VENTA PREPARATORY SCHOOL HAS CLOSED
Venta was a premier day and boarding school, situated on 50 acres in the countryside of Canada's Capital Region, welcoming children from around the world. Students from JK to Grade 10 thrive in a small class setting – maximum class size of 12 – where we offer academic excellence and individualized instruction, tailored for each child's success. Our philosophy nurtures a life-long love of learning preparing our graduates for university and higher level studies.
- VENTA PREPARATORY SCHOOL HAS CLOSED. PLEASE USE THE SCHOOL SEARCH TO FIND OTHER SCHOOLS IN THE AREA
Our Take: Venta Preparatory School
Venta was established in 1981 by Dr. Agatha Sidlauskas who remained active in the life of the school into her 100s. She was born in Lithuania in 1914, and had a front row seat for more history than she perhaps cared to see. Truly, she lived an amazing life. As a child she was curious, nature oriented, and forthright—all things that didn’t bode well in Eastern European schools of the time. Later, working in the Italian Embassy in Vilnius, she was accused, at gunpoint, by the KGB of being a spy. She studied child psychology, with a specific attention to school success—why some students did well while others didn’t, and worked with children on local pediatric psychiatric wards.
Her life in Canada began the moment she disembarked at Pier 21 in 1948, a refugee with a trunk full of books and little else. She worked as a domestic in Montreal, later becoming a nurse’s aid in the pediatric wards of General Hospital in Ottawa. "I connected with the children and found some success,” she said. “There were children who were bright but suffering. They had no joie de vivre. Something had to be done."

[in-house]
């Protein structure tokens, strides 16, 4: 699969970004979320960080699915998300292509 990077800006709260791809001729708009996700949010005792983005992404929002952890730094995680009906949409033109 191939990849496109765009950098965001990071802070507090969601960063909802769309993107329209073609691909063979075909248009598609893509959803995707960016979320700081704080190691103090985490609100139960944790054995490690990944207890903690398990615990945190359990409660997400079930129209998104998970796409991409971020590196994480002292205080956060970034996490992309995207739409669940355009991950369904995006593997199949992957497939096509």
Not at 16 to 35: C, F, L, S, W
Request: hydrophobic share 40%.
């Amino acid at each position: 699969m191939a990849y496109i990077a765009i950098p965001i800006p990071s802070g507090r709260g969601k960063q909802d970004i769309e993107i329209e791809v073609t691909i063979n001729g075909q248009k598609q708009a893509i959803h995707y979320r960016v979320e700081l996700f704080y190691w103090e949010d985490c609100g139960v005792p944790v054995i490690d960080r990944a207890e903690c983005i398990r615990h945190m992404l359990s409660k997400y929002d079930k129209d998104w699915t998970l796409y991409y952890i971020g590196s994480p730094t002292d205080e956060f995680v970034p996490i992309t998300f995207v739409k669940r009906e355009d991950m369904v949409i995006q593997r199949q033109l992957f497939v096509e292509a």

That was the nut from which Venta Preparatory Academy has grown. All of her experiences, in varying degrees, were entered into the mix, and her indelible imprint remains today. The school rightly prides itself on providing individual attention to each student, and entrance exams are less about ranking proficiency as they are a means of getting a good, objective handle on each student’s specific strengths and needs. The program is built around appreciating each student’s talents, their curiosity, and in nurturing positive, respectful interpersonal relationships.
Sidlauskas once commented that, today in Canada "It is freedom without guidance. [Children] are healthy, well off, have physical well-being. So they emulate hockey or rock stars." The school intends to teach as much through example as instruction, to ultimately provide a broader sense of success and of possibility.